Sophia Findlay, Sunday Gleaner Writer
Philip Mascoll is a giant of a man. Literally and figuratively, he is the kind of person one just can't overlook in any aspect.
Ever modest, Philip would refute this claim. Although he would prefer to keep a low profile, he has undertaken the task of being an outspoken stalwart on issues concerning Jamaica and its nationals in Canada.
For this main reason, the Government of Jamaica bestowed on him the Order of Distinction, Officer Class (OD) in the Independence Honours list of 2013, which he will collect tomorrow.
This honour, the Jamaica College old boy said, was not expected.
"I'm really surprised. I did not expect the OD, but I'm delighted to be awarded."
He describes the award as "one of the singular honours of my life that is eclipsed only by the birth of my three children and two grandchildren, as major events in my life".
"After all, it's an honour bestowed by my country and my fellow Jamaicans.
"I was judged by a jury of my peers and found capable and deserving. It is a wonderful thing," Mascoll told The Sunday Gleaner, just before he left Toronto, where he resides, for Kingston.
"My work in Jamaica and the Jamaican community in Canada is like breathing. I could not do it more than I could stop taking in oxygen.
"It is my duty to help in any way and by any means possible. Frankly, I would like to see more of my sisters and brother of the diaspora family do the same," the well-accomplished journalist shared.
Mascoll - having worked as an editor, in various capacities, at one of Canada's top national newspaper, The Toronto Star, for 27 years - knows a thing or two about the hard work that goes into orchestrating a mission of any kind to help Jamaica.
"I recognise that I have certain strengths, and I will use those strengths to enrich the Jamaican community and to help lift it upward.
"Communication, management and the mobilisation of people are my strengths. I am an implementer as well as a planner. I translate dreams into reality,"
'Once you go, you know' shouts the Jamaica Tourist Board slogan, and this applies easily to Mascoll's theory.
He is helping, and while he's disappointed sometimes he's optimistic.
"We migrate to other countries and make them great, but never seem to completely use our huge brainpower and ability to make Jamaica the great nation it should be.
"Some of us seem to see 'Yard' as a place where we go and have a good party and walk away to return to our centrally heated houses in other lands. Why, I don't know, but what I do know is that there is a growing number of Jamaicans in the diaspora who are swinging toward my way of thinking."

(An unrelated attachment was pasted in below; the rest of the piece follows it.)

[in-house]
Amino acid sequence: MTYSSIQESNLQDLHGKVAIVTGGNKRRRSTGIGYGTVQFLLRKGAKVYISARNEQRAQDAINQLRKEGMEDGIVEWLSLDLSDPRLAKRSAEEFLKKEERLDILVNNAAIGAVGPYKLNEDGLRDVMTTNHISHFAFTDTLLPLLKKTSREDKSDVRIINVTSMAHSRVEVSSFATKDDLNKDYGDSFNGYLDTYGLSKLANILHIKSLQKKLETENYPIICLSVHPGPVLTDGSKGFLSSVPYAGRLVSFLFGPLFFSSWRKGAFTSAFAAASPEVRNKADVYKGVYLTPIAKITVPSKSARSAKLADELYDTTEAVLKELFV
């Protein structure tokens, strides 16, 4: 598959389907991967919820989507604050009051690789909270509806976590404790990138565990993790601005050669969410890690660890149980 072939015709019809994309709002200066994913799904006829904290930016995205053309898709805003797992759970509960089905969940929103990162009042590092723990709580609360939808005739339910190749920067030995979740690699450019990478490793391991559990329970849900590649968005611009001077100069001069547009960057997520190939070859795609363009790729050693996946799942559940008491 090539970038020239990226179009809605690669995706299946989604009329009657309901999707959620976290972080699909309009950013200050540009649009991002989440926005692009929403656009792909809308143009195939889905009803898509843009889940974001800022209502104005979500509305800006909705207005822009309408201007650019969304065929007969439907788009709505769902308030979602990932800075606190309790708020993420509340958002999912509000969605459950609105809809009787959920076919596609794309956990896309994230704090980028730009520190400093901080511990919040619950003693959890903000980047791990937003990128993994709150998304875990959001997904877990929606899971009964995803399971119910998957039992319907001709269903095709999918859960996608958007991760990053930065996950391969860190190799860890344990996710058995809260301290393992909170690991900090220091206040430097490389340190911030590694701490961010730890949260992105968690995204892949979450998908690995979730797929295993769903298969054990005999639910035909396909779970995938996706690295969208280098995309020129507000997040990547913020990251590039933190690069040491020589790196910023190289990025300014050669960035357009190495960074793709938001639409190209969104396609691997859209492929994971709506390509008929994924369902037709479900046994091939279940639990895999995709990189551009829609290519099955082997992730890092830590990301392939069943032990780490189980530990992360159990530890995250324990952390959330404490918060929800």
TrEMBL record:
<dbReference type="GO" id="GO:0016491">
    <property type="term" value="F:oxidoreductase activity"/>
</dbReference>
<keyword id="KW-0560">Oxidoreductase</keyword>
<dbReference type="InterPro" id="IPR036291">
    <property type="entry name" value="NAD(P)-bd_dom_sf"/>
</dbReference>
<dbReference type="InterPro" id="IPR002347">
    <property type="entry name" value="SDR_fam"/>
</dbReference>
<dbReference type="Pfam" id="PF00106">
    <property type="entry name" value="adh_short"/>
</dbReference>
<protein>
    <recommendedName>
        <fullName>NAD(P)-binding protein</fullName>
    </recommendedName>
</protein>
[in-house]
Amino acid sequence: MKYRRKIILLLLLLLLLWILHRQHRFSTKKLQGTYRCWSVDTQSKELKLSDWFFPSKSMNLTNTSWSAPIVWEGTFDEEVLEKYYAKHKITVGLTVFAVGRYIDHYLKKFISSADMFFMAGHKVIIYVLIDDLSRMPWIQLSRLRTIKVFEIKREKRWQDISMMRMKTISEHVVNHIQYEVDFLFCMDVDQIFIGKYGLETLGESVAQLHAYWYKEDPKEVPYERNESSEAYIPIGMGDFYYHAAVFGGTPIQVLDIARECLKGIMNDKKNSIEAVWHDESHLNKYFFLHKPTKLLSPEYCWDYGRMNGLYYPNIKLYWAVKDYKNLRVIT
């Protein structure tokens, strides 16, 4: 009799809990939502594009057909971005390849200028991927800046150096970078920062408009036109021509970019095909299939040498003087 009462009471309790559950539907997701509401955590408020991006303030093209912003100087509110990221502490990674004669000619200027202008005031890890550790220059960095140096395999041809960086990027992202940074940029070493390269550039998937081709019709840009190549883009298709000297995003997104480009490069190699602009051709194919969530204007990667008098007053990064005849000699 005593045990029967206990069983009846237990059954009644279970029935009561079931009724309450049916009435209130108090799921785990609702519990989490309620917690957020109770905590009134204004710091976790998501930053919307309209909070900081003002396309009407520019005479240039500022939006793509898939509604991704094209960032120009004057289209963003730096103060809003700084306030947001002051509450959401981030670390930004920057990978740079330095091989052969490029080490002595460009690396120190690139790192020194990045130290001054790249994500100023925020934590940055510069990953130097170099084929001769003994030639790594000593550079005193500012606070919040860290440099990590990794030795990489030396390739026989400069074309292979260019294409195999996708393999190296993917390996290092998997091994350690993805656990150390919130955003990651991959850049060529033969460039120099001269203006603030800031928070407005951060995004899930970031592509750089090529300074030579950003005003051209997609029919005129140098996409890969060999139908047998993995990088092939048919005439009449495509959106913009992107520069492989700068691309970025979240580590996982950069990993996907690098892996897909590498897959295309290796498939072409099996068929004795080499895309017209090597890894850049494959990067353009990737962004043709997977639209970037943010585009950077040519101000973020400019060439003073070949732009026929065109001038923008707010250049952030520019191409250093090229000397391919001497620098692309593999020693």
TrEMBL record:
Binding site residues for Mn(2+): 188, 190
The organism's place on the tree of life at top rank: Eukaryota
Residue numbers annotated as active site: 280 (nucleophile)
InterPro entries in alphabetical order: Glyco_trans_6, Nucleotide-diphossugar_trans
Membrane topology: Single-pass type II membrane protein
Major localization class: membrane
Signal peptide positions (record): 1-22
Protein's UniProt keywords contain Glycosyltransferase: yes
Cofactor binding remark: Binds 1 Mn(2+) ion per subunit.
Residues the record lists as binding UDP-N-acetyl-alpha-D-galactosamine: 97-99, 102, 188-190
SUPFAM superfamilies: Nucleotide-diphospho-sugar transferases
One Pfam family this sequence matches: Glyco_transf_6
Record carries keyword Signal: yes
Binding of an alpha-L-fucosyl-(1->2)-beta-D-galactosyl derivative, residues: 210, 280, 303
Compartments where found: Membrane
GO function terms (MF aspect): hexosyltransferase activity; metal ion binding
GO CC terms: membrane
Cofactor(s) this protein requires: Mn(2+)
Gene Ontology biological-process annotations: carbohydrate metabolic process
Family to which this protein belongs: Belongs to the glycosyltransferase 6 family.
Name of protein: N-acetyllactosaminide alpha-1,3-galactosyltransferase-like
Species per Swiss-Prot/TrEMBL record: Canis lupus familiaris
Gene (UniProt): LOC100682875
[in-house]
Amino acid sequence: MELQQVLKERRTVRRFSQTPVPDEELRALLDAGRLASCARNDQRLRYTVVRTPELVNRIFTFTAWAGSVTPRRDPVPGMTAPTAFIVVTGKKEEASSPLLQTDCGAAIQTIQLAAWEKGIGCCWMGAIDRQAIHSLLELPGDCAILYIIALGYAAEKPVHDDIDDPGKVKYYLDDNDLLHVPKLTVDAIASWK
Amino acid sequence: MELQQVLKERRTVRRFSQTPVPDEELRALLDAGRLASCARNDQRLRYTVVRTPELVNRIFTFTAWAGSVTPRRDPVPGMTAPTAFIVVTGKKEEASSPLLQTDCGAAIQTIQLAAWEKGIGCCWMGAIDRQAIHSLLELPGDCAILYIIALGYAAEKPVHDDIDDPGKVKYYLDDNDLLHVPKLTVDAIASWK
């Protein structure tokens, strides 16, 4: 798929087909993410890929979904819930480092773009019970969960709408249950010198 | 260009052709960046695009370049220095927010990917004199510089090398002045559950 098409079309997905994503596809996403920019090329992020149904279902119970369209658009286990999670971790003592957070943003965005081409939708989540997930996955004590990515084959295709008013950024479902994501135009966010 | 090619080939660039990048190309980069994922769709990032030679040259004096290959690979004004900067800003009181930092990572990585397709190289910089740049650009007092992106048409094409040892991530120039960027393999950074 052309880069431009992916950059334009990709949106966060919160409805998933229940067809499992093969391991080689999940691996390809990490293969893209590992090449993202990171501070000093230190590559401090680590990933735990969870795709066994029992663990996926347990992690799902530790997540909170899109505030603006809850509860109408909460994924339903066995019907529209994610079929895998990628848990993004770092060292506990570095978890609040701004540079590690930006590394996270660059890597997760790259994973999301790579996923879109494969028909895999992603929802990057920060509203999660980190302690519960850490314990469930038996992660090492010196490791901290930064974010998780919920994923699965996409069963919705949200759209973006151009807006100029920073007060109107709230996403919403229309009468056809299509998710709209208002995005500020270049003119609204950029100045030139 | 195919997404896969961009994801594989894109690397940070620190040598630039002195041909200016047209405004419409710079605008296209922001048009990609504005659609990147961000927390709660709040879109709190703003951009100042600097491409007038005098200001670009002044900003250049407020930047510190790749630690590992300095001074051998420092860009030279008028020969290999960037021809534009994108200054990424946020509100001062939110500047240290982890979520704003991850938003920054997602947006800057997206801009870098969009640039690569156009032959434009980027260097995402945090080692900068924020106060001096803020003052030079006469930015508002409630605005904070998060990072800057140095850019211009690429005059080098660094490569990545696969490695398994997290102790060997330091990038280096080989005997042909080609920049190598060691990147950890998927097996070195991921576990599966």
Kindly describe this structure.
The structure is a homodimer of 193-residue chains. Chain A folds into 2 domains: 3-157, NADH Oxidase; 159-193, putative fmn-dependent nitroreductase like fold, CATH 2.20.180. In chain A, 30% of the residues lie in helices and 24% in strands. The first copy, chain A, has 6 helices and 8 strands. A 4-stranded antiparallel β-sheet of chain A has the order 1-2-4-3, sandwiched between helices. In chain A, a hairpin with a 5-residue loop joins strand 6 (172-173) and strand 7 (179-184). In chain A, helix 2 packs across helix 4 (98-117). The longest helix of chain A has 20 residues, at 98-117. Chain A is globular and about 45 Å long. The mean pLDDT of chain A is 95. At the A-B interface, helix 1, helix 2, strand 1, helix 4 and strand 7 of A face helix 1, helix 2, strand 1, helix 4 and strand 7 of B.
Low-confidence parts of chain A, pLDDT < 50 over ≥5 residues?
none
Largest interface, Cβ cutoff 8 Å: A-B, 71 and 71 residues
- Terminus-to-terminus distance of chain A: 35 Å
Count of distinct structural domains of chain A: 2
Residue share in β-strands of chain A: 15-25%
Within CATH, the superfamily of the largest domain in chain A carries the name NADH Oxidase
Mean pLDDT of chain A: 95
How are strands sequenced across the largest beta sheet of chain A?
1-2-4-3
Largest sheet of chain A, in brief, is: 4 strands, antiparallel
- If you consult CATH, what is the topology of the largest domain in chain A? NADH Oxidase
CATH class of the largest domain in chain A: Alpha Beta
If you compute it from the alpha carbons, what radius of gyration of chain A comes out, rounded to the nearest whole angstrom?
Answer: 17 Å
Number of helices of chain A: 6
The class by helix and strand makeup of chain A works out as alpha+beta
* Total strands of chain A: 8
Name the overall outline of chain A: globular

A 'Diaspora Fund'
For Mascoll, one of his dreams is to see the establishment of a Jamaica Diaspora Fund.
"If every Jamaican gave $10 each month, (less than the cost of two packs of cigarettes or three beers) that would translate into $70 million per month or $840 million per year.
"That would mean that Jamaica could pay off the International Monetary Fund, buy the Jamaica Public Service and run it at a subsidised cost, fix every school and police station and courthouse in Jamaica, fund agricultural resurgence and offer scholarships to any university to thousands of young Jamaicans.
"And that is in the first year after the start of the fund."
Mascoll added: "This would free the tax base to raise the salaries of teachers, police officers, fire-fighters, soldiers and civil servants."
According to Mascoll, in a decade, the Jamaican Diaspora Fund would be able to buy money-producing buildings in Miami, London, Dubai, New York and Toronto.
"The fund would own oil companies in Africa, whose sole customers would be Jamaica and other Caribbean islands in the same power-poor position as we are.
"In 25 years, we would never again have to seek outside investors, although they would be welcome. Every available investment in Jamaica could be Jamaican owned."
Mascoll believes there is a leadership void in any Jamaican community wordwide, and that it is a few persons who carry the burden of organising the diaspora and the community.
For those not committed to assisting to develop Jamaica he has a simple message.
"Do not ever forget where you come from and where your 'navel string' is buried. Give back a little, whether in kind or cash."